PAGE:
One mid-October night in 2001, some canny bloke, a cleaning man, arrived at the Eyestorm Gallery in London to find it strewn with "half-full coffee cups, ashtrays with cigarette butts, empty beer bottles, a paint-smeared palette, an easel, a ladder, paintbrushes, candy wrappers and newspaper pages," according to the New York Times, and, assuming it was the leavings of a party held earlier in the evening for artist Damien Hirst's new exhibition, swept it up. Later he told the Evening Standard, "As soon as I clapped eyes on it, I sighed because there was so much mess. ... It didn't look much like art to me. So I cleared it all in bin bags, and I dumped it." He had cleaned up the art--valued in the six figures--along with the trash.
It had to happen eventually: some poor sot mistakes art for refuse and makes the papers by binning it. Except that, in his case, the cleaning man was not mistaken--the trash he cleared away was, in fact, trash. Only the context made it art, and the dubious claim that an "artist" had directed its strewing. It wasn't an atrocious painting or the result of some untalented sculptor's attempt at making something that looked like trash. What the cleaning man tidied up was an actual pile of real butts, cups, and beer bottles. That Hirst prefers real objects--pill bottles, medical equipment, sliced-up sharks, cows, and sheep--to crafted ones does not necessarily mean that his pieces are not amusing; they usually have a wicked one-liner quality to them. At their best, they resemble oversized Wunderkammern: funny, engaging, and strange. Still, Hirst's aims do not exactly converge with what we normally think of as the aims of art, which he himself has acknowledged in a number of interviews. For instance, asked about the links between his use of actual dead animals in his installations (such as those exhibited two years ago in the controversial Sensation show at New York's Brooklyn Museum) and those paintings by Chaim Soutine and Francis Bacon that depict animal carcasses, Hirst explained, "I love Soutine and Francis Bacon. But what I was doing is not painting. It's completely different.... Soutine would never have exhibited the dead animals. I wanted reality."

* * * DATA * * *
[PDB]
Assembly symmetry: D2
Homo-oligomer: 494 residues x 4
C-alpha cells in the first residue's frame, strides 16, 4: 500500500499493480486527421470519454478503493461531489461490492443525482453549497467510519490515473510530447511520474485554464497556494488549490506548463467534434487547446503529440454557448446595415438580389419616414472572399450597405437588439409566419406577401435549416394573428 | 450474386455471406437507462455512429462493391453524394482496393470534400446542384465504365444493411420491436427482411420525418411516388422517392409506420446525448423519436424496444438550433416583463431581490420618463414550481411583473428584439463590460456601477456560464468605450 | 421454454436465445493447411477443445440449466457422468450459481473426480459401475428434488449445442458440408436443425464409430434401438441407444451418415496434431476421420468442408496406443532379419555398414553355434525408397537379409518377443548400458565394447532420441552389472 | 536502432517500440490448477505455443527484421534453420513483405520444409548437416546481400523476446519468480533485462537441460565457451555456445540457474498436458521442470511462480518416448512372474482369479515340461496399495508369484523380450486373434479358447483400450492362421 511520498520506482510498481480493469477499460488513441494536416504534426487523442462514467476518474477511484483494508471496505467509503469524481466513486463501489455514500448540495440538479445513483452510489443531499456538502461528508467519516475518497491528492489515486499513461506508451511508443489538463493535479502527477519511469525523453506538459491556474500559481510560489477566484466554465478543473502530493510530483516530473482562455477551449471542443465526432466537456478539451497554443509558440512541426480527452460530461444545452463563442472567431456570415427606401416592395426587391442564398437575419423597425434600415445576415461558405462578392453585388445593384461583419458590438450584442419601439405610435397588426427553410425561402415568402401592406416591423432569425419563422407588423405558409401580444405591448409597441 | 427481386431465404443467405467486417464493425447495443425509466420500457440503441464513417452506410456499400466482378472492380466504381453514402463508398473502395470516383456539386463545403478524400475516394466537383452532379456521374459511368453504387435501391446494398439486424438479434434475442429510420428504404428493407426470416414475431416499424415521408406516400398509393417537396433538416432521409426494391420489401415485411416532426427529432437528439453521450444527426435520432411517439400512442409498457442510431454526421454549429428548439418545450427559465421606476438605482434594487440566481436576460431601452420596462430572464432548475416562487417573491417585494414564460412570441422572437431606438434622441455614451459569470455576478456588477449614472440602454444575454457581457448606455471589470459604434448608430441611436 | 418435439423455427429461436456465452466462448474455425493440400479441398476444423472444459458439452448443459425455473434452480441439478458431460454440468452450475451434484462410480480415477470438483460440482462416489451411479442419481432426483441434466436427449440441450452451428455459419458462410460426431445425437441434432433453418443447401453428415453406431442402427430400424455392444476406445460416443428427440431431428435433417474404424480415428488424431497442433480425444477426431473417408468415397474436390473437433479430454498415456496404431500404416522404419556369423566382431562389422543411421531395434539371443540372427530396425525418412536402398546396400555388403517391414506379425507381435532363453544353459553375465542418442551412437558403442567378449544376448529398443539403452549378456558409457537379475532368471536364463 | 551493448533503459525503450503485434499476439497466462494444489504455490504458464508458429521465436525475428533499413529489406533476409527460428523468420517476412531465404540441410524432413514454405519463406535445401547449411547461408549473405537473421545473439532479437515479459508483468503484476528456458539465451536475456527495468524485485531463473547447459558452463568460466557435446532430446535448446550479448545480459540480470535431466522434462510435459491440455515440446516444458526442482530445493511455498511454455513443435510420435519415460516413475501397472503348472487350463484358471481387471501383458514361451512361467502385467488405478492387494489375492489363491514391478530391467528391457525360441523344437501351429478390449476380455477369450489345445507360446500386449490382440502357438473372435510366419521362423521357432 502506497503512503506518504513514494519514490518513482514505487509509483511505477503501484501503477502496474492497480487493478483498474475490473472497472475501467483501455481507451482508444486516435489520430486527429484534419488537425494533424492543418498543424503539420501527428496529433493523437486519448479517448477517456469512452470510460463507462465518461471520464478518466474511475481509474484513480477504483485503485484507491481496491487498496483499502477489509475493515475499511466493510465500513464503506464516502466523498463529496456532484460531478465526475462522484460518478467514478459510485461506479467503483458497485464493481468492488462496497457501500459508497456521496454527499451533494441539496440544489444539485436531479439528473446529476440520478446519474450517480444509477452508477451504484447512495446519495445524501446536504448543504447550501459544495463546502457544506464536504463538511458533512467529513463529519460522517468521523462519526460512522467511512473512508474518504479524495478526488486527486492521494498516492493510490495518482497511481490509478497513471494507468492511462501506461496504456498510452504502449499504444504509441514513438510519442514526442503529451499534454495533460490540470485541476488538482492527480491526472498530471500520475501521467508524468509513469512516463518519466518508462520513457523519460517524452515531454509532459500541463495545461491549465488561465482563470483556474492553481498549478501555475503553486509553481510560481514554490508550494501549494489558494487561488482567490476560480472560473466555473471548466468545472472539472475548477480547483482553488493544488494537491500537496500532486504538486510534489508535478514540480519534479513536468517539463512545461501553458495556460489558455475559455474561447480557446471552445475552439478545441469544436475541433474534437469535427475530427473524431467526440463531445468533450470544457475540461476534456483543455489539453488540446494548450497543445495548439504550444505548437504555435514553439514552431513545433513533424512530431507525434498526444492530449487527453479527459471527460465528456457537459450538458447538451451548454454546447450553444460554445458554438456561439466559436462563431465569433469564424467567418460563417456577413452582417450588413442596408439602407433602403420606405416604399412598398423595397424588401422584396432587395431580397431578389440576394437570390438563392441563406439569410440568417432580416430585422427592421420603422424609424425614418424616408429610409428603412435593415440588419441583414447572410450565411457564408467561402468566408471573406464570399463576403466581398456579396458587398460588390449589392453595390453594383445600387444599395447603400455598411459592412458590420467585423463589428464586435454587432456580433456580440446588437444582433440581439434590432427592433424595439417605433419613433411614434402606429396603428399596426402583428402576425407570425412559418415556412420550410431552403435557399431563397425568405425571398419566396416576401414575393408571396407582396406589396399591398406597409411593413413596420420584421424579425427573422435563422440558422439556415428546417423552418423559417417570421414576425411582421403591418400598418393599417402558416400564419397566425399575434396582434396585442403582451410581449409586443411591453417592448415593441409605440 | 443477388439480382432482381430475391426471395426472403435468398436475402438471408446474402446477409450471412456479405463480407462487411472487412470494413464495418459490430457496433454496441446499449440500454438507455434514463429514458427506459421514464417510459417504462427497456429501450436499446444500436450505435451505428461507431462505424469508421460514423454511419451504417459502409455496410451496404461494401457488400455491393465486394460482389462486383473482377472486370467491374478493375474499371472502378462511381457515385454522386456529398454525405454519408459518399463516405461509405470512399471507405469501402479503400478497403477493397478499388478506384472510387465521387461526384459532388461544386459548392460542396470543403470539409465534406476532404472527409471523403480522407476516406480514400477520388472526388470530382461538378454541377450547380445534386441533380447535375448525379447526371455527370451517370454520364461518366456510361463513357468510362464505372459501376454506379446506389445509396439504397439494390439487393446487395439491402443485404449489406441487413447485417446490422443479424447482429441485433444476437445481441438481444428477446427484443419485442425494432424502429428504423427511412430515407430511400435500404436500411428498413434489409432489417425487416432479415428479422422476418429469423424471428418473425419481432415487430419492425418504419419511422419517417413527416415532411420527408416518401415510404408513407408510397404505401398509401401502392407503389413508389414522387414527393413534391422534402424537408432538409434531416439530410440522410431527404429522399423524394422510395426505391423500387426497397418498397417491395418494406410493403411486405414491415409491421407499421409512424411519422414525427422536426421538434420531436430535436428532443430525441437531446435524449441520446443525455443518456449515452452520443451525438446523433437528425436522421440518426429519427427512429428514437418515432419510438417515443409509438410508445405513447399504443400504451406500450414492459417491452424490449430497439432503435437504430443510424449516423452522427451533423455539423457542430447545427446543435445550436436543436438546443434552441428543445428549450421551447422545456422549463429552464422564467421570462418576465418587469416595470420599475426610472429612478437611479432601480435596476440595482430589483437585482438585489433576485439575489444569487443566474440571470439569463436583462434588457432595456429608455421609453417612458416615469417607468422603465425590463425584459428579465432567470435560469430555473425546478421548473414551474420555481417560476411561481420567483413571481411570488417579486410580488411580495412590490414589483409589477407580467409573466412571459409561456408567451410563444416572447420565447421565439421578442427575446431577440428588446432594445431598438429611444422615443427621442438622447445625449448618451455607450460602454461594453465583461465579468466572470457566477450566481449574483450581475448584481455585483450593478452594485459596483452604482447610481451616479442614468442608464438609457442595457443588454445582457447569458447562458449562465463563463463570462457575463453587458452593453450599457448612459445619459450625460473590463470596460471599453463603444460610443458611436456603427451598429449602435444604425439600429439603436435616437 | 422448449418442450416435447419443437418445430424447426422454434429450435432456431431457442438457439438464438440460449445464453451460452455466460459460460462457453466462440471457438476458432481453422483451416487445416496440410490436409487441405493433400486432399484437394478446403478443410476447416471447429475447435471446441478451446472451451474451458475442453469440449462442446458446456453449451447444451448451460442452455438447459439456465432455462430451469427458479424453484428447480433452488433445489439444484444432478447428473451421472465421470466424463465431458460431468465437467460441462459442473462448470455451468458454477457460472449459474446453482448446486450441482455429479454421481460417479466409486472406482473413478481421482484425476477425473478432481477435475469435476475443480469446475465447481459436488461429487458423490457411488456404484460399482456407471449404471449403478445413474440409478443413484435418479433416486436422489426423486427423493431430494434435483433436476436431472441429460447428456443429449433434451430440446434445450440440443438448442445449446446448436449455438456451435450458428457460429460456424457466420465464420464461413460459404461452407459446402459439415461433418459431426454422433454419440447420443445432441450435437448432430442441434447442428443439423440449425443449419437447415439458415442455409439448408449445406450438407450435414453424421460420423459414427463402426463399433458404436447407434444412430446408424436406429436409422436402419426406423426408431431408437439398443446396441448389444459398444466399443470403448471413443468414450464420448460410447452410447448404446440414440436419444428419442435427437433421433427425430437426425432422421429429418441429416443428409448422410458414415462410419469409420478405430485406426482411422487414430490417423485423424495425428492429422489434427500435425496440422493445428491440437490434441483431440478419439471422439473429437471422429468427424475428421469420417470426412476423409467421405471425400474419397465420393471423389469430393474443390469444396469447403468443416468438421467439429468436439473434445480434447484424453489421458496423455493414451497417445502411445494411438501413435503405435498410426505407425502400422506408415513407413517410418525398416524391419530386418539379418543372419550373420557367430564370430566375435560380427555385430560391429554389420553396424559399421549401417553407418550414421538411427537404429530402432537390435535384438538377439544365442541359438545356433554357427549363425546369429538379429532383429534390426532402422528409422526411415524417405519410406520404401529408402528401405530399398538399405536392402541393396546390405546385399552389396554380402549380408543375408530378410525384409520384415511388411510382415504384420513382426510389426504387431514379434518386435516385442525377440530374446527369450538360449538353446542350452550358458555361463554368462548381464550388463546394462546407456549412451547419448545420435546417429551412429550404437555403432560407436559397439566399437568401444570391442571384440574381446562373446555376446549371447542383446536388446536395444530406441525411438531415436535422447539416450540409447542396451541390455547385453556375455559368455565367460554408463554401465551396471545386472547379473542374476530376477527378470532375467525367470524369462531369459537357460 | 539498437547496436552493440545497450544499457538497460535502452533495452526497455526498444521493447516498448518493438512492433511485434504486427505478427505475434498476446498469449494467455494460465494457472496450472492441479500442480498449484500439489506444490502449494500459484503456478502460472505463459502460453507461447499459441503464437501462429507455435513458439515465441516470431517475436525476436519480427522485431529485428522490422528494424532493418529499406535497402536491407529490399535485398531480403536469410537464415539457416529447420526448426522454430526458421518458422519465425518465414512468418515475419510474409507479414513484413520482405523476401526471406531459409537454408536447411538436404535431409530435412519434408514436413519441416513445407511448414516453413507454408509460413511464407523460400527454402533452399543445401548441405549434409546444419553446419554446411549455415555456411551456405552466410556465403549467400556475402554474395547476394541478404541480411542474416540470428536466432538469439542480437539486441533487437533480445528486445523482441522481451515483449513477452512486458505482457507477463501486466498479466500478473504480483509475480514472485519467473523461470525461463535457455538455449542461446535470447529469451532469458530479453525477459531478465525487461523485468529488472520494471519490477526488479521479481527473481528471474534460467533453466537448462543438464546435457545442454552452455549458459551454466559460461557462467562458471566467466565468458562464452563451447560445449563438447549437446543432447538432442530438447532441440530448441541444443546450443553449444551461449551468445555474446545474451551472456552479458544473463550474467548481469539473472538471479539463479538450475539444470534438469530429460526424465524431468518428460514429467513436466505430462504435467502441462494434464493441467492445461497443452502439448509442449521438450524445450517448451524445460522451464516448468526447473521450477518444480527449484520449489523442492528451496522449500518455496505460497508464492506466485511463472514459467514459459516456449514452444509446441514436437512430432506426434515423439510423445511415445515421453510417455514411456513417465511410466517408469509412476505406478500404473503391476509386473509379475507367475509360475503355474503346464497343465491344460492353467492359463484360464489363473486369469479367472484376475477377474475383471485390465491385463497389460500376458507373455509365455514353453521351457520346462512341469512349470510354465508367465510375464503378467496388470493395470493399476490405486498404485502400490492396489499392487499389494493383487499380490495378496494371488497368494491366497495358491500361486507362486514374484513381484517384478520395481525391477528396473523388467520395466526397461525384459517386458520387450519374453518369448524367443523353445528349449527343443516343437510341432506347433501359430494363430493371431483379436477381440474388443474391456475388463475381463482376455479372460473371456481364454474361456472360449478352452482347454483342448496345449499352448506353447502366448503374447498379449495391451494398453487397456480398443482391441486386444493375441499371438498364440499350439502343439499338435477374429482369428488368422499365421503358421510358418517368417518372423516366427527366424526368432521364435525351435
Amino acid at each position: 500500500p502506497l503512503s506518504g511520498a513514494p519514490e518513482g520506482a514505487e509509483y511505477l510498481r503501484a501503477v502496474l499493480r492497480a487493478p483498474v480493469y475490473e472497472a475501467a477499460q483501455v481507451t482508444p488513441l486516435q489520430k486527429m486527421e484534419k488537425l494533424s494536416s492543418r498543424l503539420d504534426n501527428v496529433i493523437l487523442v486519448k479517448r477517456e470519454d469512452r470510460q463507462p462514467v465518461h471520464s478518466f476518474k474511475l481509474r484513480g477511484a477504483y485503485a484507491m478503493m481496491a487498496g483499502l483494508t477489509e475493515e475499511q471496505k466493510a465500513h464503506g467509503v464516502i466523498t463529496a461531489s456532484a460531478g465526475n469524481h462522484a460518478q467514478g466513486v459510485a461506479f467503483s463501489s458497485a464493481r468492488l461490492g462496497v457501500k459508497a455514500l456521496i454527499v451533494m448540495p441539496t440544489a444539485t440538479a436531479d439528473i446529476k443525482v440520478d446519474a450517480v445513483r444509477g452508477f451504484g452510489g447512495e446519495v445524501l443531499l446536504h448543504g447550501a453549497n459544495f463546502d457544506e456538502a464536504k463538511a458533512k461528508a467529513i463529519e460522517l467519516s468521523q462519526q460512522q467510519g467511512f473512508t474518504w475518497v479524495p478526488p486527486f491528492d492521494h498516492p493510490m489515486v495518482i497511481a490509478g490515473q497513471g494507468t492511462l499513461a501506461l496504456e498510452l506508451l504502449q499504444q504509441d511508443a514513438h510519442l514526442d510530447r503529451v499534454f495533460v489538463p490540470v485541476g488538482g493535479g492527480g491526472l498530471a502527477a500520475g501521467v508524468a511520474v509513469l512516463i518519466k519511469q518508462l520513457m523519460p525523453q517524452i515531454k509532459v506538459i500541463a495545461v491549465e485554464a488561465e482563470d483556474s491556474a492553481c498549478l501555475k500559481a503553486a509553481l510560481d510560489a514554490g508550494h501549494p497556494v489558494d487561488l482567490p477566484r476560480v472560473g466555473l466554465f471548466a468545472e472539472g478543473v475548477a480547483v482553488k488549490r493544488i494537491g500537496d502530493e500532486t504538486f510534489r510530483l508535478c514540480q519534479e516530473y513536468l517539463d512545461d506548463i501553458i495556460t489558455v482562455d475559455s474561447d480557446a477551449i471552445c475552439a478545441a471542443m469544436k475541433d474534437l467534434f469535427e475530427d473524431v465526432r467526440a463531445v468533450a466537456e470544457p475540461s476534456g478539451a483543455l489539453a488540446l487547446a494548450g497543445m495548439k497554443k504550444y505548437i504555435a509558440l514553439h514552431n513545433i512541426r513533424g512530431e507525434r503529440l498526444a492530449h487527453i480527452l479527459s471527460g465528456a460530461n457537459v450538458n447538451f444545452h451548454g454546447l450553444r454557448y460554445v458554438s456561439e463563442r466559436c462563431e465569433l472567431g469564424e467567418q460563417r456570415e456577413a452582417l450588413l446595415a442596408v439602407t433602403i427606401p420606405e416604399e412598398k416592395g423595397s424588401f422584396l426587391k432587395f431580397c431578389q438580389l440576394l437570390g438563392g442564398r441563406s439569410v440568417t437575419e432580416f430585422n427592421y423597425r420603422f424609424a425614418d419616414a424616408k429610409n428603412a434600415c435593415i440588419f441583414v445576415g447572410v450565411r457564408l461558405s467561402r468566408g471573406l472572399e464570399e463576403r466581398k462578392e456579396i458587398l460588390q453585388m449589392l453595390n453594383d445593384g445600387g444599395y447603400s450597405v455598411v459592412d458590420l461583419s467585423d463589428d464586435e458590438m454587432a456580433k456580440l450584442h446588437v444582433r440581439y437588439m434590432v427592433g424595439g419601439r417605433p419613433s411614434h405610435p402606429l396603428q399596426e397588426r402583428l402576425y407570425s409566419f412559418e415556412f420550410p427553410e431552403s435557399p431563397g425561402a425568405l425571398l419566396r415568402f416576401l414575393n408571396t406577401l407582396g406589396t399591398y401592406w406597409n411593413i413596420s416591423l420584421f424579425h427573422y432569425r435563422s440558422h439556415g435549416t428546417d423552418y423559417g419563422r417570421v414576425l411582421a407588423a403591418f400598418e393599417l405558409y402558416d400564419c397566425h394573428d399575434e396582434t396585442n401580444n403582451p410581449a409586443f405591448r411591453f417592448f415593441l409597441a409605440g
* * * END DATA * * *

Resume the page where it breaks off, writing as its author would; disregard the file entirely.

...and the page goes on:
If the person eating is says it's their meal, ITS A FRICKIN MEAL.
It might not be a nutritious meal. It might not be tasty TO YOU. It might not be filling, even to them. But if that's what they say it is, then that's what it is.
IT'S ART. It's not to my taste, I doubt it will influence or inspire much, but hey, more power to them. It's a heck of alot more art than some people I know are doing.
It's art if someone other than the artist thinks it is.
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